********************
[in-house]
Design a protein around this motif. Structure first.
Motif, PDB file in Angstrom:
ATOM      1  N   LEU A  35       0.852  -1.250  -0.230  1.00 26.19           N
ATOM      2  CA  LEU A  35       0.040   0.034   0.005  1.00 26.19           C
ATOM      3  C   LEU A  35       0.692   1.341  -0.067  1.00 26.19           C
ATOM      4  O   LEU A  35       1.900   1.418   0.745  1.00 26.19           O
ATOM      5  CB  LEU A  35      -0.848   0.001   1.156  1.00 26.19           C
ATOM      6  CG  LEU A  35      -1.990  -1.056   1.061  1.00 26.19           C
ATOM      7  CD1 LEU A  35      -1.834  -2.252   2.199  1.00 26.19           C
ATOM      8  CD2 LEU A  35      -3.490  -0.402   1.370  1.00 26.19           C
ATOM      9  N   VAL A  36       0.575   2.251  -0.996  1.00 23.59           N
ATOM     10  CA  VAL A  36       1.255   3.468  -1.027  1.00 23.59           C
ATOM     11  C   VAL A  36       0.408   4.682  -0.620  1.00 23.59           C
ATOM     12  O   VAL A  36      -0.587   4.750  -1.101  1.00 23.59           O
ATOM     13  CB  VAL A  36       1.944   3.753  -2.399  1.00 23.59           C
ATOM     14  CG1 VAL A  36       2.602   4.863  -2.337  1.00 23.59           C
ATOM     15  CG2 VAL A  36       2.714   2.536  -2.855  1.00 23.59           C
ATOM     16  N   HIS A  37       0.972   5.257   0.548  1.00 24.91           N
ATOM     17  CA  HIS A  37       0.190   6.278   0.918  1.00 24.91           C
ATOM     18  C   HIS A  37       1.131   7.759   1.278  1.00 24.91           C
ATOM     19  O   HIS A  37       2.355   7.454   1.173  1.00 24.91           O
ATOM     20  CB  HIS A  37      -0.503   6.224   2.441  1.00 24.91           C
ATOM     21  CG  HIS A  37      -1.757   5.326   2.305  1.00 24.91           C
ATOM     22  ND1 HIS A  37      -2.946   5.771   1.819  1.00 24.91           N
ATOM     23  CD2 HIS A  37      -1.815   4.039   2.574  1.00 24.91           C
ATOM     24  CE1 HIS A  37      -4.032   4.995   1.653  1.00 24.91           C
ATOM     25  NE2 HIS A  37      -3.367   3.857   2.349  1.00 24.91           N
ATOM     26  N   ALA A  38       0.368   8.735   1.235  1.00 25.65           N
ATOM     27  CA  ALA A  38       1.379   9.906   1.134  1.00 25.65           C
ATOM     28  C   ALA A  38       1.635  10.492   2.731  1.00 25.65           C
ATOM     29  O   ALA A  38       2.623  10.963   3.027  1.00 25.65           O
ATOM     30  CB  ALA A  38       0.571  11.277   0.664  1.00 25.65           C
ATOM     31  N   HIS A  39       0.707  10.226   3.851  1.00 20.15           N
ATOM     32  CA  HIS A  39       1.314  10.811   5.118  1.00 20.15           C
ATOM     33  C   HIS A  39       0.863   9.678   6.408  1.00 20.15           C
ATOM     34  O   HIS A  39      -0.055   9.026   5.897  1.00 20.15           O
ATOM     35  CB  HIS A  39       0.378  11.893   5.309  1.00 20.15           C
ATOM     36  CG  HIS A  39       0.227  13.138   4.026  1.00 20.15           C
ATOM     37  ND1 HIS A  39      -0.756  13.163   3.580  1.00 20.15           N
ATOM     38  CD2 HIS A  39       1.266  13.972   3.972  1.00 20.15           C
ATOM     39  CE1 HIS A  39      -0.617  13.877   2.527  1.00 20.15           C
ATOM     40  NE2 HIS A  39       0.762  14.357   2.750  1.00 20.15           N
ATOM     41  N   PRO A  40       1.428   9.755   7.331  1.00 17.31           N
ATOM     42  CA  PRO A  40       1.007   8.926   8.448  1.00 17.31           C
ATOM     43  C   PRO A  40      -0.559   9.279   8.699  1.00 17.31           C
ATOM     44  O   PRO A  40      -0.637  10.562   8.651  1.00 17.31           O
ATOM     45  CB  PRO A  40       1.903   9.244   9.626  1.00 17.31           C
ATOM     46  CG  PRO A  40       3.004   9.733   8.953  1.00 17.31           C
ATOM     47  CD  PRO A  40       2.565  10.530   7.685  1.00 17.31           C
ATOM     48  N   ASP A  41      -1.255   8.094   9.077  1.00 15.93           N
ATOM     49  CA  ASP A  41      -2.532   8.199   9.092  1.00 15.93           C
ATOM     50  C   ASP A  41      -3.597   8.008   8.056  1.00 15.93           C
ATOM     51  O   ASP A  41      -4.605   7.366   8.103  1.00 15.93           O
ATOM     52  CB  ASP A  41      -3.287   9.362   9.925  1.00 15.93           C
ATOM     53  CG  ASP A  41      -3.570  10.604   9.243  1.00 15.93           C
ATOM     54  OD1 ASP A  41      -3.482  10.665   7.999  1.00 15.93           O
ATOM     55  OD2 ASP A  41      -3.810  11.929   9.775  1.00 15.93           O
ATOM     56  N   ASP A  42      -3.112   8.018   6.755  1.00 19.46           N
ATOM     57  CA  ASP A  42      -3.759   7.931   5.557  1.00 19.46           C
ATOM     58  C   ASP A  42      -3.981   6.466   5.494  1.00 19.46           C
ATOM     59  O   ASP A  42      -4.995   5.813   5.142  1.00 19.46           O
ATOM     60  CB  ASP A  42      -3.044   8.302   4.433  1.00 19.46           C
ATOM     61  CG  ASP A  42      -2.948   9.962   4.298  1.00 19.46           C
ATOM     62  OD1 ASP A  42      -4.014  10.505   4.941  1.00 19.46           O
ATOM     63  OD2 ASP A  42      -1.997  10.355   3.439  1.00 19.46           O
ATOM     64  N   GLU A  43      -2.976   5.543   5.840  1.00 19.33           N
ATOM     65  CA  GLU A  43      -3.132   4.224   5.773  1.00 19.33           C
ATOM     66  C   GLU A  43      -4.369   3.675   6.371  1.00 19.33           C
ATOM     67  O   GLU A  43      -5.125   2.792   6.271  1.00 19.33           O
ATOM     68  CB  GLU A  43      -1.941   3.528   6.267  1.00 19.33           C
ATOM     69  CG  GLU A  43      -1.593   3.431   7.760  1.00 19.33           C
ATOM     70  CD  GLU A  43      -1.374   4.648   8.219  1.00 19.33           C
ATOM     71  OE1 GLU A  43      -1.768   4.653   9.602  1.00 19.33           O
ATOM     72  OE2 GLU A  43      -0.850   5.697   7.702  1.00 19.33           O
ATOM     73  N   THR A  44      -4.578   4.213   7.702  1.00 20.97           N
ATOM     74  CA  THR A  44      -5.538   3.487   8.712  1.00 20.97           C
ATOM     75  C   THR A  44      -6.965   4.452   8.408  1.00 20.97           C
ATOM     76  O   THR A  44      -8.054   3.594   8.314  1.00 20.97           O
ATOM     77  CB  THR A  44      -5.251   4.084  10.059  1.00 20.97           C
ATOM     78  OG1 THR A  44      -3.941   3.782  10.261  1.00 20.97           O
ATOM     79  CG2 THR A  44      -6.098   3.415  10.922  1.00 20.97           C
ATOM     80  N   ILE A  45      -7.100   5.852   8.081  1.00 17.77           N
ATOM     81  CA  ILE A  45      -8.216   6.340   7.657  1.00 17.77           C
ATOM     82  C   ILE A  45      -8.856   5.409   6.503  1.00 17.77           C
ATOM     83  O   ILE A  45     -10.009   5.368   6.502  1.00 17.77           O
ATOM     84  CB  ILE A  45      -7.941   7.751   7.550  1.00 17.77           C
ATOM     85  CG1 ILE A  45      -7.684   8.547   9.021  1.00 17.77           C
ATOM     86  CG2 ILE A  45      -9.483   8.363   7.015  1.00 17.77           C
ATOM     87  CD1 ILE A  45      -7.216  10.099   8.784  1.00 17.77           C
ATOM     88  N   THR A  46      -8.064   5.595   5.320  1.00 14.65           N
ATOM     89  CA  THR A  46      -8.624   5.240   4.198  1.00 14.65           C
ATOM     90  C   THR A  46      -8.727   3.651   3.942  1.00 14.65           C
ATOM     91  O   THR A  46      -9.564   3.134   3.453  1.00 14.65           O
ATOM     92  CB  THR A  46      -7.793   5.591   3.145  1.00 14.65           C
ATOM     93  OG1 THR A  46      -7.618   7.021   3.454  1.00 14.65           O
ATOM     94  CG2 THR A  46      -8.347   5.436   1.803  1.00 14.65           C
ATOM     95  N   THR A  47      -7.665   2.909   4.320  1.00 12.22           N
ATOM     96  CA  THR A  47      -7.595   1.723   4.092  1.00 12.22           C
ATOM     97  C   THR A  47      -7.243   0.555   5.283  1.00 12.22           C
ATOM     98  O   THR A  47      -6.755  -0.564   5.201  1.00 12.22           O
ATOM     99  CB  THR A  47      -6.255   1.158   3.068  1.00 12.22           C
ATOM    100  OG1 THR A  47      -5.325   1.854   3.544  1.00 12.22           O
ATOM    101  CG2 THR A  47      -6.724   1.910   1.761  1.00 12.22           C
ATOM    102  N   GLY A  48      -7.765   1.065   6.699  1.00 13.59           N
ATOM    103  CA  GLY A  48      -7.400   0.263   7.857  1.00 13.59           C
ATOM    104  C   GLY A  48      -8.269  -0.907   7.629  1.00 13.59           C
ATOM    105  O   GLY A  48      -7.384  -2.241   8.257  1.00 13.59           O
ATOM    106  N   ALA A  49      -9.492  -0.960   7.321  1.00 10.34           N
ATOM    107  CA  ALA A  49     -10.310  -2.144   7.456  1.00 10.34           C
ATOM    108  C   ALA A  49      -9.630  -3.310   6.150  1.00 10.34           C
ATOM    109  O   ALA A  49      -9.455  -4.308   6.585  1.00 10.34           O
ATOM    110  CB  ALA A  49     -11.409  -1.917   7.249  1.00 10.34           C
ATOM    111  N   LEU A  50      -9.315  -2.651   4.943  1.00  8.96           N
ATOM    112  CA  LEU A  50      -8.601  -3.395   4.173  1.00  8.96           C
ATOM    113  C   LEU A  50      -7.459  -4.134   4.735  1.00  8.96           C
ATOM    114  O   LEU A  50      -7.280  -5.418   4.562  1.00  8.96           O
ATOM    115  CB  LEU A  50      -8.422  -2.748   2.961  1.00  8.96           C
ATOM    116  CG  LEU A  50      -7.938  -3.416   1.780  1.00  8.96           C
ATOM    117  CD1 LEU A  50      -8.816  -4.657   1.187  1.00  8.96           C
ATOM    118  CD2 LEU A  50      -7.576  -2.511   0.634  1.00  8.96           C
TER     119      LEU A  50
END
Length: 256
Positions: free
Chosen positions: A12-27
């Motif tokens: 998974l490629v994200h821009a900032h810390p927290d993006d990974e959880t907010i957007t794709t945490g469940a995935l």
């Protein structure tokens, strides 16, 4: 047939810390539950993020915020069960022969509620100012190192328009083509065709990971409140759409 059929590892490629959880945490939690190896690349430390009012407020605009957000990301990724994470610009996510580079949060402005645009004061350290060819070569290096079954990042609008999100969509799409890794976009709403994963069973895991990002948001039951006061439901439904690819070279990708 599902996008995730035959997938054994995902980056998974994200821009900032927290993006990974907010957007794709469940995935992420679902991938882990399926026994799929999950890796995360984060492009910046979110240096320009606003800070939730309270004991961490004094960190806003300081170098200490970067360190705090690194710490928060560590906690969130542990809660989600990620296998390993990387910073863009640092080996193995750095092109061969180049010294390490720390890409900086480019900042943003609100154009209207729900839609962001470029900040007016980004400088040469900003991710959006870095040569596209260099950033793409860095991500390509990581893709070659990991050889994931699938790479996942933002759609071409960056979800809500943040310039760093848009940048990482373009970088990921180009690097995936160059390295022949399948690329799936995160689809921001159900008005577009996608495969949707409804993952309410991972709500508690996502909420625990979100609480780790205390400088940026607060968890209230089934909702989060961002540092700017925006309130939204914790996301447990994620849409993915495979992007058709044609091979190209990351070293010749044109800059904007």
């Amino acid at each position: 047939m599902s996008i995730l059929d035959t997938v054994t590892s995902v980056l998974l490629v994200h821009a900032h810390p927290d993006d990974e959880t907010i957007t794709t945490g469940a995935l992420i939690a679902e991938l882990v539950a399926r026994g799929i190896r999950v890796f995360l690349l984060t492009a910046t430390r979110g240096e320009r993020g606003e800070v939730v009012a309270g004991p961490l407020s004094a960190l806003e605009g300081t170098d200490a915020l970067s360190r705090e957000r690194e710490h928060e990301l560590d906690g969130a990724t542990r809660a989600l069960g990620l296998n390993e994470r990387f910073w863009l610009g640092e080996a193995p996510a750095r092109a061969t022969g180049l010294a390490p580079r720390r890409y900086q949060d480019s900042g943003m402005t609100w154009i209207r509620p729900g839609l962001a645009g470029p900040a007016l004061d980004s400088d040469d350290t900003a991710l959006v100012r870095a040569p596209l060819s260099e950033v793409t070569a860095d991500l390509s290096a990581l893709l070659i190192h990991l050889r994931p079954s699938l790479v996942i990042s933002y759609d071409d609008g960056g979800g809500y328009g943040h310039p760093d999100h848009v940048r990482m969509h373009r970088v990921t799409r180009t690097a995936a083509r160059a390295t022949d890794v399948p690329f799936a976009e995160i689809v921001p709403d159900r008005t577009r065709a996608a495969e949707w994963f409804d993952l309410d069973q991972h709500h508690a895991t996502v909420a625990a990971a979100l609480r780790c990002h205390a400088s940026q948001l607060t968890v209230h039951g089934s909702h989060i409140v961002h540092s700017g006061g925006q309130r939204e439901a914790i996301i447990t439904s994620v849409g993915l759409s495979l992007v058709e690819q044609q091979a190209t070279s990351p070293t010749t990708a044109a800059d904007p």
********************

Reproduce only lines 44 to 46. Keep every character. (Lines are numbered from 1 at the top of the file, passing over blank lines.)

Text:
ATOM     41  N   PRO A  40       1.428   9.755   7.331  1.00 17.31           N
ATOM     42  CA  PRO A  40       1.007   8.926   8.448  1.00 17.31           C
ATOM     43  C   PRO A  40      -0.559   9.279   8.699  1.00 17.31           C